This is Pointless Debate, where we argue the toss about stuff that really doesn’t matter, but actually really matters a lot. This time we’re squabbling about…
Yorkshire puddings: do they belong in a Christmas dinner?
It’s beginning to look a lot like Christmas, which also means it’s beginning to look a lot like an untimely death due to clogged arteries. We’re all looking forward to stuffing our faces with roast potatoes, various meats and a token sprout or two, but there’s one item on the Christmas Day menu that’s a little more contentious than the rest: Yorkshires.
No one’s going to say they don’t like Yorkshire puddings (it is, after all, a criminal offence), but there are some who beleive that the roast dinner favourite should never be found alongside a proper Christmas dinner. There are others who say ‘Humbug!’ to all that and help themselves to a few Yorkshires on the 25th.
So which side of the table will you be on when Christmas Day rolls around? Before we get to the votes, let’s consider the arguments.
The argument in favour of having Yorkshire puddings with Christmas dinner
Why the fuck wouldn’t you have Yorkshire puddings with Christmas dinner? You should have Yorkshire puddings at any and every available opportunity. Yorkshire puddings for breakfast. Yorkshire puddings for lunch. Yorkshire puddings for tea. Yorkshire puddings all the time.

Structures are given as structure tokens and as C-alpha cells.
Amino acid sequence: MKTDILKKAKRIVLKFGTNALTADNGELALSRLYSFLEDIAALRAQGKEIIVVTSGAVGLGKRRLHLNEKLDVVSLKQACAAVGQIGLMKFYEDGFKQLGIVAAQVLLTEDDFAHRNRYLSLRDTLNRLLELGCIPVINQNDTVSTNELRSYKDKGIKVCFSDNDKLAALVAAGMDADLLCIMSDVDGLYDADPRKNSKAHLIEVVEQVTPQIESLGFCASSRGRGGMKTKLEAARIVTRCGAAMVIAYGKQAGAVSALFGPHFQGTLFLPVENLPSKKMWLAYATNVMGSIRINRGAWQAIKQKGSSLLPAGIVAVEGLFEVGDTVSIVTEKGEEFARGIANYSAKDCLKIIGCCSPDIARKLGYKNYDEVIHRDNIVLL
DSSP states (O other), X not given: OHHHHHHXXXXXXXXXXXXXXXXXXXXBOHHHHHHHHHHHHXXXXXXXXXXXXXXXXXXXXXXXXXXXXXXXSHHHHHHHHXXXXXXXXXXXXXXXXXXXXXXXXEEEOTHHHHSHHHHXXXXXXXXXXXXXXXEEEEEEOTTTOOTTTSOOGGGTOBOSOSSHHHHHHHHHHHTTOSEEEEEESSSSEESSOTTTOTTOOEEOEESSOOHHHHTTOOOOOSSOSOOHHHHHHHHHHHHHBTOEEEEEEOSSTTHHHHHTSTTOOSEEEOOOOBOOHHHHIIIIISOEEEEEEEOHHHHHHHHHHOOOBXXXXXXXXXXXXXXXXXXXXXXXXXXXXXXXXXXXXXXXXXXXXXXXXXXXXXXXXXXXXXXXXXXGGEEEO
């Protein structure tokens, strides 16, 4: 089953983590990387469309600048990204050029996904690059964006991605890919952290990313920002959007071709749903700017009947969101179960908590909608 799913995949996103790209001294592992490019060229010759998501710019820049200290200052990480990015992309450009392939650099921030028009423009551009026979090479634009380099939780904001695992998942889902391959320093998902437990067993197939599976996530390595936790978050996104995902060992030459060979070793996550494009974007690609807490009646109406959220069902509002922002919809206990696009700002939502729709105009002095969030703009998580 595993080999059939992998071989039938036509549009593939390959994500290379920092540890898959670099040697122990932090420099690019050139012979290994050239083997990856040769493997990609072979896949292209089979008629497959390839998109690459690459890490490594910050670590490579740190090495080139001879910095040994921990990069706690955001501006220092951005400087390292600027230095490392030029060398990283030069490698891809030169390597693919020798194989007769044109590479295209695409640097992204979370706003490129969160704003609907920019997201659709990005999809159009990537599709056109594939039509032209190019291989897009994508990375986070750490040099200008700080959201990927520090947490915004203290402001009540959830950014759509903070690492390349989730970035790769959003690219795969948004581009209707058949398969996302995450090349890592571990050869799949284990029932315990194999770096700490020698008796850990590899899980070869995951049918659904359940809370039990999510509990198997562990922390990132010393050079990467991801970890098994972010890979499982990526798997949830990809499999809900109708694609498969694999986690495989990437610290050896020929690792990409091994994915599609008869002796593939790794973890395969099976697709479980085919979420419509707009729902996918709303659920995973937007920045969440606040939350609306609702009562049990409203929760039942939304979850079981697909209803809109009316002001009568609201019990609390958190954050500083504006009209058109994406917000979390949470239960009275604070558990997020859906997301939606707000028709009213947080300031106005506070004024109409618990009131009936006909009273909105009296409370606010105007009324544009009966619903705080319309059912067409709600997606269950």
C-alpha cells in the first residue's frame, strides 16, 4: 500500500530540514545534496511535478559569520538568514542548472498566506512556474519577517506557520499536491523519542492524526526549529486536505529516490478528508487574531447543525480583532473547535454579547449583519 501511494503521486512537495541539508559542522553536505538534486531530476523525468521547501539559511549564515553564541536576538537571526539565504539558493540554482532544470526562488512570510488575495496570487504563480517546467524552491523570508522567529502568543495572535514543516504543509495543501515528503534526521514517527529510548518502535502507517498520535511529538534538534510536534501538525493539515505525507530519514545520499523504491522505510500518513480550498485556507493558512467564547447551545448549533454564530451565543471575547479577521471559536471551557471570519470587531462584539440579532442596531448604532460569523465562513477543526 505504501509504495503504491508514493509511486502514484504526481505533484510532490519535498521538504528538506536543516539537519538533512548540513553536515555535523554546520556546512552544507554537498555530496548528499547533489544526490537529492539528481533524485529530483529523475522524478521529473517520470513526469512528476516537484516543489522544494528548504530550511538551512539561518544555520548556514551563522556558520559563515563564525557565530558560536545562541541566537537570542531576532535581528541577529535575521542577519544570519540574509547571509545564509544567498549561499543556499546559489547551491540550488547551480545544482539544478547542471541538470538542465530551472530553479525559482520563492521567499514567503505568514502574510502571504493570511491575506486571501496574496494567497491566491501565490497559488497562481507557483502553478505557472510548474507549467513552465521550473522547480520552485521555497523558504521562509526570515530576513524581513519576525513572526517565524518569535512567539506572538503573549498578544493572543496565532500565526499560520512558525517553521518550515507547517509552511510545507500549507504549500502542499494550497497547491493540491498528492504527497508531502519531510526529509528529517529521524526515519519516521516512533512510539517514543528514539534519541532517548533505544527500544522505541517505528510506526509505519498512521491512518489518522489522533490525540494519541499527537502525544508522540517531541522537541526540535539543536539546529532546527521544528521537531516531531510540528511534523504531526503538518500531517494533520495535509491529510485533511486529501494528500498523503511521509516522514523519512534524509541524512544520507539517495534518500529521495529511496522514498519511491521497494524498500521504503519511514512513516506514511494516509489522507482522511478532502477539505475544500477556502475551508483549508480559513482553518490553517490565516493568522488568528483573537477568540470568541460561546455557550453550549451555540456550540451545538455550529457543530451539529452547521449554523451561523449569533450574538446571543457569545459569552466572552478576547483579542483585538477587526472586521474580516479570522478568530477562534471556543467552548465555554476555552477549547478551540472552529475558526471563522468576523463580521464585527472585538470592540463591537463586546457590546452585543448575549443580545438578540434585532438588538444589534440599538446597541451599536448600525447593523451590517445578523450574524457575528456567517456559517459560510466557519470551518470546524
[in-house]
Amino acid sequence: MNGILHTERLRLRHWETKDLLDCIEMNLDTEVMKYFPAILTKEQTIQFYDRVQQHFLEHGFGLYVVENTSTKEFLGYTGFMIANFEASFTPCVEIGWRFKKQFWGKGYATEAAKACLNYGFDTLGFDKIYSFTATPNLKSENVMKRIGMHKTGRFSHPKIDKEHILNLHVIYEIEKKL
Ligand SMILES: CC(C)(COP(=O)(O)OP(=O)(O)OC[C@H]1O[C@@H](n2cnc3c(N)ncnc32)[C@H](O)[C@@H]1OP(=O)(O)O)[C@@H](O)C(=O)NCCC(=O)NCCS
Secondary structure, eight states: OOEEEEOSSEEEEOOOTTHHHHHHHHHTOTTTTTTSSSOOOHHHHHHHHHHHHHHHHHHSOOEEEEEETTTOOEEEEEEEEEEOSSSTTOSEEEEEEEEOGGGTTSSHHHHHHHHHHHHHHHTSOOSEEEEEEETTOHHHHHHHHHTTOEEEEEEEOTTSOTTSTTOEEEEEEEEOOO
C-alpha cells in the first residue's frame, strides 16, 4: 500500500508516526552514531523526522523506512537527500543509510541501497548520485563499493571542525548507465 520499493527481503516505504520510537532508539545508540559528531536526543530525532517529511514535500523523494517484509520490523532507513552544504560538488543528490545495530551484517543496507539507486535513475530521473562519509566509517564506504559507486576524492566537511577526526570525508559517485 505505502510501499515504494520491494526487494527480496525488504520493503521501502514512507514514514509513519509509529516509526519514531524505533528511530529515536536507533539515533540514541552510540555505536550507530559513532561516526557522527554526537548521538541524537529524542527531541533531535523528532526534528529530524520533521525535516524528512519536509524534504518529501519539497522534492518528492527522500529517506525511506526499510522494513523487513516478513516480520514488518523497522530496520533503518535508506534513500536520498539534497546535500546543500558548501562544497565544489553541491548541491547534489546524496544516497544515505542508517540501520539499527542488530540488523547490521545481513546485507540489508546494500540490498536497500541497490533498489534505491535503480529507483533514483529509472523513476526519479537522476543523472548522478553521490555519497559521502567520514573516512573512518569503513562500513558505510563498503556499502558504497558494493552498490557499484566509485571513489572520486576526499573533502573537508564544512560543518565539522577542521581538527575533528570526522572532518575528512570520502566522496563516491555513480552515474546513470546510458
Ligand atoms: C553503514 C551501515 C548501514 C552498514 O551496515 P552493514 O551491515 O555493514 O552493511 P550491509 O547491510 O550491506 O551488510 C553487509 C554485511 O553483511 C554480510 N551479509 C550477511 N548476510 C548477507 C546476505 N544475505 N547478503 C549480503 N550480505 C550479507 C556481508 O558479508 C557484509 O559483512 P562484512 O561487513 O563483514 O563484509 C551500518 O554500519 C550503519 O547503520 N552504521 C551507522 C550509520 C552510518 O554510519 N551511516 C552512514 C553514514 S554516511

Yorkshires have a strong case for being the best part of a roast dinner, with the exception perhaps of pigs in blankets, so why would you leave it out of the king of all roast dinners, the Christmas dinner? This is a meal of indulgence, and if there’s one day when you should be free to eat baked batter without shame, it’s Christmas Day.
There’s no logical reason not to have a Yorkshire with your Christmas dinner; in fact, the meal is not complete without one. So whether you’re making your own or letting Aunt Bessie take care of it, make sure there’s a Yorkshire sat on your plate this Christmas.
The argument against having Yorkshire puddings with Christmas dinner
Christmas is a time for wholesomeness, a time for purity of spirit, a time for tradition. In fact, there is no other time of year where tradition is so fastidiously observed as Christmas. And that is why there should never be a Yorkshire pudding sat next to a turkey dinner.
Why? It’s simple. Traditionally, Yorkshire puddings are served with roast beef dinners. If you’re having turkey on Christmas day, as is traditional, you should not be having Yorkshire puddings. Yorkshires were made to be enjoyed with beef gravy, and it is a heavenly combination, but with poultry? No, no.
Besides, you’ve already got roast potatoes, stuffing and bread sauce to contend with – carbs are great, but there is a limit. Just as there was no room at the inn for Jesus, Mary and Joseph, there is no room on the plate for the Yorkshire.